All About Opals: Types and How to Care for Them
With opals, each stone tells a story of beauty and mystique. Opals are more than just gemstones; they're a spectacle of light and color, unique in every aspect. This blog post will take you on a journey through the diverse and mesmerizing varieties of opals, from the vibrant hues of Australian opals to the rare elegance of Lightning Ridge black opals.
Opals form when water seeps into the cracks and cavities in rocks, and then the water deposits silica over millions of years. The silica forms tiny spheres that diffract light and create rainbow-like colors. The size, shape, and arrangement of the silica spheres determine the opal's appearance. The uniqueness of colors, brightness, and patterns makes opals so famous.
There are many types of opals, but here are some of our favorites:
These are opals that form on ironstone boulders in Queensland, Australia. They have a dark brown or black background that contrasts with the bright flashes of color. Boulder opals are very durable and often have an irregular shape that follows the contours of the host rock.
Australian opals come from various regions, mainly Coober Pedy, Andamooka, and Mintabie. They’re the most abundant and diverse type of opal. Australian opals can feature any color, from white to black, and from transparent to opaque. They also come in a wide range of patterns, from pinfire (also called “pinpoint”, when the opal has small colorful points) to harlequin (also called “mosaic”, showcasing squarish patches in alternate colors).
Lightning Ridge Opals
This is a type of black opal that comes from Lightning Ridge, New South Wales, Australia. This variety is considered the most valuable and rare type of opal.
Lightning Ridge opals' dark background enhances its brilliance and intensity. These opals can display all the colors. Some even have a red-on-black pattern, which is the most sought-after.
Opalized wood is a kind of fossil wood that has opal instead of other minerals. It's formed when water with silica soaks into dead wood and turns it into opal over time. It keeps the shape and details of the wood, but adds bright colors and sparkles.
Opalized wood can be blue, green, red, yellow, or anything in between.
This is a variety of opal that has a bright yellow, orange, or red background. In the name, the word “fire” refers to the fiery background or body color, not the sparkles. It may or may not have a play-of-color.
Fire opal is mainly found in Mexico, but it can be sourced from Ethiopia, Brazil, Australia, and the US.
Ethiopian opals are a relatively new discovery—only dating back to the early 1990s. This is a type of opal that comes from the Wollo province of Ethiopia. It's also known as Welo opal or Ethiopian crystal opal.
Ethiopian opal is characterized by its high transparency and hydrophane property. When hydrophane opals absorb water, their appearance can change. When dry, Ethiopian opal is usually white or clear, but when wet, it can display a dazzling play-of-color.
Peruvian Blue Opal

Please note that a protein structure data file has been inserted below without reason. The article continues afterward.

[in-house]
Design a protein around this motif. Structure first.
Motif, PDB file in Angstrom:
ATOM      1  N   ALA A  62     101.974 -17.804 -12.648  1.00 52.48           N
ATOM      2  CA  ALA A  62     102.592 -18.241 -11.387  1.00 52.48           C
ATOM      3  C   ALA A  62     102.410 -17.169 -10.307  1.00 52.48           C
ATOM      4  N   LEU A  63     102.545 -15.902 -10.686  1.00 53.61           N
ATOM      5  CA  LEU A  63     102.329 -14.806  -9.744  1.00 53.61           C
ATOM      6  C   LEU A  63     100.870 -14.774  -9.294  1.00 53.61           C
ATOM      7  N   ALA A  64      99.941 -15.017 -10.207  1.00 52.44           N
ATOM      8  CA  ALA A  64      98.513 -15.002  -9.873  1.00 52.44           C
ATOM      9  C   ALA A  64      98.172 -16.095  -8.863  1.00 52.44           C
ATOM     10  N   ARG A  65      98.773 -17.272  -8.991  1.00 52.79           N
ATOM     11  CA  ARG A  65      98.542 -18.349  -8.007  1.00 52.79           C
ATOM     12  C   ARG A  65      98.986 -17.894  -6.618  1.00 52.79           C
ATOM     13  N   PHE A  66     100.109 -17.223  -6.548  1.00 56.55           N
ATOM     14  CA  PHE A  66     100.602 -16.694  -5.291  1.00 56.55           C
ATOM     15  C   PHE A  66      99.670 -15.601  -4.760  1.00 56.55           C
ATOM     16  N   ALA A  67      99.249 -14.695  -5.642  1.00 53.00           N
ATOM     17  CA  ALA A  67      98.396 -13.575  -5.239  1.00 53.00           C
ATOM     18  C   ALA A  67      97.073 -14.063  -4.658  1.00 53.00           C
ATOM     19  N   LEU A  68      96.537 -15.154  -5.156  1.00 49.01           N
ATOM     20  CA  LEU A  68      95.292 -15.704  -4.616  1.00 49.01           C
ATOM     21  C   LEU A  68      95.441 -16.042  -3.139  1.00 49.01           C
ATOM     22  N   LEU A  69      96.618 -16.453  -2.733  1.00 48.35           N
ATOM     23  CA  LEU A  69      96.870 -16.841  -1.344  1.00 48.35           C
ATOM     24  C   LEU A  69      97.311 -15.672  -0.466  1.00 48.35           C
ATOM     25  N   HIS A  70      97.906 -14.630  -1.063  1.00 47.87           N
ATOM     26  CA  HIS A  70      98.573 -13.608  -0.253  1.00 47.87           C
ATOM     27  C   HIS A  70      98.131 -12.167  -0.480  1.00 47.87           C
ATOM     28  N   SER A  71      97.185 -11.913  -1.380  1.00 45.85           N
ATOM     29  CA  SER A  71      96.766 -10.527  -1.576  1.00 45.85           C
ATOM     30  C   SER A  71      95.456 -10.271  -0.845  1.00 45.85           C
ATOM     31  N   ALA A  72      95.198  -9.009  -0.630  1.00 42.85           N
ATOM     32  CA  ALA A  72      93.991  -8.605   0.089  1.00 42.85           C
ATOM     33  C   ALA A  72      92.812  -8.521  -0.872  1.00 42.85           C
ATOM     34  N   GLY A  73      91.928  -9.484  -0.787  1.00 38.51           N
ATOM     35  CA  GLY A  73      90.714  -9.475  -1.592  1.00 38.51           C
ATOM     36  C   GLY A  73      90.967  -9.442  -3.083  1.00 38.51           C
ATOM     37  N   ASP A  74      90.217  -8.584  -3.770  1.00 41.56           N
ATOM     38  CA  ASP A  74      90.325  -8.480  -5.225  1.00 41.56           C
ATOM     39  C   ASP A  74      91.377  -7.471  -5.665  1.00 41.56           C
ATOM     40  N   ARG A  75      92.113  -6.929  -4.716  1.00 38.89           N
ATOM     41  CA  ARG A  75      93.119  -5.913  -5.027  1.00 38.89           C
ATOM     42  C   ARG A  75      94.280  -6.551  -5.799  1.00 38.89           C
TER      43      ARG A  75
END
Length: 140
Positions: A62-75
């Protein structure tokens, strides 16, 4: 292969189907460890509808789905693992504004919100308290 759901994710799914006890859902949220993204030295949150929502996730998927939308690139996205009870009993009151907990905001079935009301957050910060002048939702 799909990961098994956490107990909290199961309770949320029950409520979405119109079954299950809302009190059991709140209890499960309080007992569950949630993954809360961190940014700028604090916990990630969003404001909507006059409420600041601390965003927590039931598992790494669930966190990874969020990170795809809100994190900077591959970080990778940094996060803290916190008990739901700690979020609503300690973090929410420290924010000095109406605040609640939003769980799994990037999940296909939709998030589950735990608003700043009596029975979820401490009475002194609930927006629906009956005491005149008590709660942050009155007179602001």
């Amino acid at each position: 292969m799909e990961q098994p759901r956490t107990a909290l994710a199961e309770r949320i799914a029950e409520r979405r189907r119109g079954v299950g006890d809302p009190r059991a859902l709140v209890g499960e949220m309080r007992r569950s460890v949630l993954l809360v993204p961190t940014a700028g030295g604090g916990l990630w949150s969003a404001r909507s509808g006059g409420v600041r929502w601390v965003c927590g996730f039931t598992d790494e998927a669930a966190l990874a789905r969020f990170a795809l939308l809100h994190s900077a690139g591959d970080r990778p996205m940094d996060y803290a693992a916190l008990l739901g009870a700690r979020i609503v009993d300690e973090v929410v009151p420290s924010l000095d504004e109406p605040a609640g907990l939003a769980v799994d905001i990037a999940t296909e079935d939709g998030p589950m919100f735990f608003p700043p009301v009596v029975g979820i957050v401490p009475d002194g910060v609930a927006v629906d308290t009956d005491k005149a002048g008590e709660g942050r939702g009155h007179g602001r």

This is a type of opal that comes from the Andes mountains of Peru. It is also known as Andean opal or blue opal. It's a rare and unique type of opal, as it has a blue-green color that's not caused by play-of-color, but instead by traces of copper in its composition.
Peruvian blue opal is said to have a calming effect, as well as enhancing communication and creativity.
Opal Orbs: A Unique Opal Jewelry Item
Some of Hilary Finck’s most distinctive creations are the opal orbs. These are sphere-cut opals that are set in a metal cage or frame, creating a captivating and elegant piece. The fact that no two opals are alike only adds to this design’s uniqueness.
How to Clean and Care for Opals
Opals are delicate and sensitive gemstones that require special care and attention. They can be easily damaged by heat, chemicals, abrasion, and dehydration. Here are some tips on how to clean and care for your opals:
- Clean your opals with a soft cloth and warm water. Don't use soap, detergent, or any harsh chemicals that can strip the opal of its natural oils and moisture. You can also use a soft toothbrush to remove any dirt or dust from the surface of your opal.
- Dry your opals with a soft cloth or a hair dryer on low heat. Don't expose your opals to high temperatures, or they could crack, fade, or lose color.
- Store your opals in a cool and dry place, away from heat sources and humidity. Moreover, opals are delicate gemstones, so you want to avoid damaging the surface.
- Avoid wearing your opals when doing activities that can cause them to scratch, chip, or break. These include sports, gardening, cleaning, or cooking. Direct contact with cosmetics or any substances that can also damage your opals' surface.
- Rehydrate your opals by soaking them in water for a few hours. This will help to restore their moisture and luster, as some opals can absorb water. But don't soak your opals in oil, as this can clog their pores and reduce their play-of-color.
Want your own one-of-a-kind opals? Discover the beauty of Hilary Finck’s handmade opal jewelry!